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Chapter 3

SOCA01H3 Chapter Notes - Chapter 3: The Postmodern Condition, Postmodern Culture, English Language In England

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Sheldon Ungar

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Chapter 3 Culture (continued)
A Conflict Analysis of Culture: The Rights Revolution
The central argument of conflict theory: Social life is an ongoing struggle between more and less
advantaged groups
Privileged groups try to maintain their advantages while subordinate groups struggle to increase theirs
Right Revolution: is the process by which socially excluded groups struggled to win equal rights
under the law and in practice beginning in the second half of the 20th century
By no means finished
Many categories of people are still discriminated against socially, politically, and economically
From Diversity to Globalization
Rites of passage: are cultural ceremonies that mark the transition from one stage of life to another (eg
baptisms, confirmations, weddings) or from life to death (funerals)
Involve elaborate procedures
Often conducted in public, and no variation from prescribed practice is allowed
In simple societies, culture is homogeneous
Globalization: is the process by which formerly separate economies, states, and cultures are tied
together and people become aware of their growing interdependence
The international influences characterizing globalization take many forms and are evident in politics,
religion, the mass media and styles of clothing and music
One of the most important roots of globalization is the expansion of international trade and investment
It destroys political, economic, and cultural isolation, bringing people tighter in what is called “global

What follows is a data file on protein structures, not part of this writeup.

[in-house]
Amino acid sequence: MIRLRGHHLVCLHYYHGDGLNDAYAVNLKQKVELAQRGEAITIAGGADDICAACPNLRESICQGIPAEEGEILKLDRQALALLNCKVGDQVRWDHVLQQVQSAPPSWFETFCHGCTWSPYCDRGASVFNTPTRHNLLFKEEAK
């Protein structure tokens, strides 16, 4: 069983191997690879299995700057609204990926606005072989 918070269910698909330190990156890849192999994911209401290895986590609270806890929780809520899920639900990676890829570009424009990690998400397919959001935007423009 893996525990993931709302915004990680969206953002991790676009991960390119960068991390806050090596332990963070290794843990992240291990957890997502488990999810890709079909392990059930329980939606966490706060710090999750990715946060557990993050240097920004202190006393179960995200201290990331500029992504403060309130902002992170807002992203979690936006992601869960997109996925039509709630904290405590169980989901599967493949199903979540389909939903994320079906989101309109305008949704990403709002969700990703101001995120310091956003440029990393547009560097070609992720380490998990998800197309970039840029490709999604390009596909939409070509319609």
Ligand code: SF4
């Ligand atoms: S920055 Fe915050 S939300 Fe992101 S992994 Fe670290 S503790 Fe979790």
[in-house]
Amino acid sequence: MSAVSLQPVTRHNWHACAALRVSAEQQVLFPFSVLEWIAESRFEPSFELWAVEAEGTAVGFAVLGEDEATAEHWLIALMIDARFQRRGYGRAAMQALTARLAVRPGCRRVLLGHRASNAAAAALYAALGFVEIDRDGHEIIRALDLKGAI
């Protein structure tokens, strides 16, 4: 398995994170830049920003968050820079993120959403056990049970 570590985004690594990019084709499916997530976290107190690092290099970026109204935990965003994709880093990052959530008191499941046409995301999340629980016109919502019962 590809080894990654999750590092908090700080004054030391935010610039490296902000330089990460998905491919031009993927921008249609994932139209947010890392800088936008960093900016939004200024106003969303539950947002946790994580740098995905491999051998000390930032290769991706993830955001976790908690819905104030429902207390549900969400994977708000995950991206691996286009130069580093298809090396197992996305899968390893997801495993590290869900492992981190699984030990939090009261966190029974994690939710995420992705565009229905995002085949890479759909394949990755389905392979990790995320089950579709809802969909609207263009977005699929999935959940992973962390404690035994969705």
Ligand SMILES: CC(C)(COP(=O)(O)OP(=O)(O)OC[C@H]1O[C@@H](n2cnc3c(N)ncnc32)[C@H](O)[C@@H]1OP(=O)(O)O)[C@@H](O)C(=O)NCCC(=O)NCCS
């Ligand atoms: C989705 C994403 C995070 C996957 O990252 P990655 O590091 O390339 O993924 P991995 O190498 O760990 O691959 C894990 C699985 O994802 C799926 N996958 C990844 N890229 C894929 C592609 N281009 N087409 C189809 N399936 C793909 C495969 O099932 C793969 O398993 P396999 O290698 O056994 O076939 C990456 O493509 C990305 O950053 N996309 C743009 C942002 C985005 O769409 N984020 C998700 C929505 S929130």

Because of Globalization, people are less obliged to accept the culture into which they are born and
freer to combine elements of culture from a wide variety of historical periods and geographical settings
The Globalization of English
A good indicator of the influence and extent of globalization is the spread of English
English (with the exception of the many varieties of Chinese) is the most widespread language on Earth
English is dominant because, for more than 200 years, Britain and the US were the world’s most powerful
and influential countries economically, militarily and culturally
Aspects of Postmodernism
Postmodernism: is characterized by an eclectic mix of cultural elements, the erosion of authority, and
the decline of consensus around core values
An Eclectic Mix of Elements from Different Times and Places
In the postmodern era, it is easier to create personalized belief systems and practices by blending facets of
different cultures and historical periods
The mix-and-match approach we see when it comes to religion is evident in virtually all spheres of culture
Although purists may scoff at such blending, it has important social consequences
People who engage in cultural blending are likely to be more tolerant and appreciative of ethnic, racial,
and religious groups other than their own.
The Erosion of Authority
Half a century ago, Canadians were more likely that they are today to defer to authority in the family,
schools, politics, medical …
As the social bases of authority and truth have multiplied, however, we are more likely to challenge
Authorities have helped in lower regard by many people
The rise in fools and the decline of confidence in government both reflect the erosion of traditional authority
The Decline of Consensus around Core Values
Half a century ago, people’s values remained relatively stable over the course of their adult lives, and many
values were widely accepted
Today, value shifts are more rapid, and consensus has broken down on many issues
The postmodern condition empowers ordinary people and make them more responsible for their own fate
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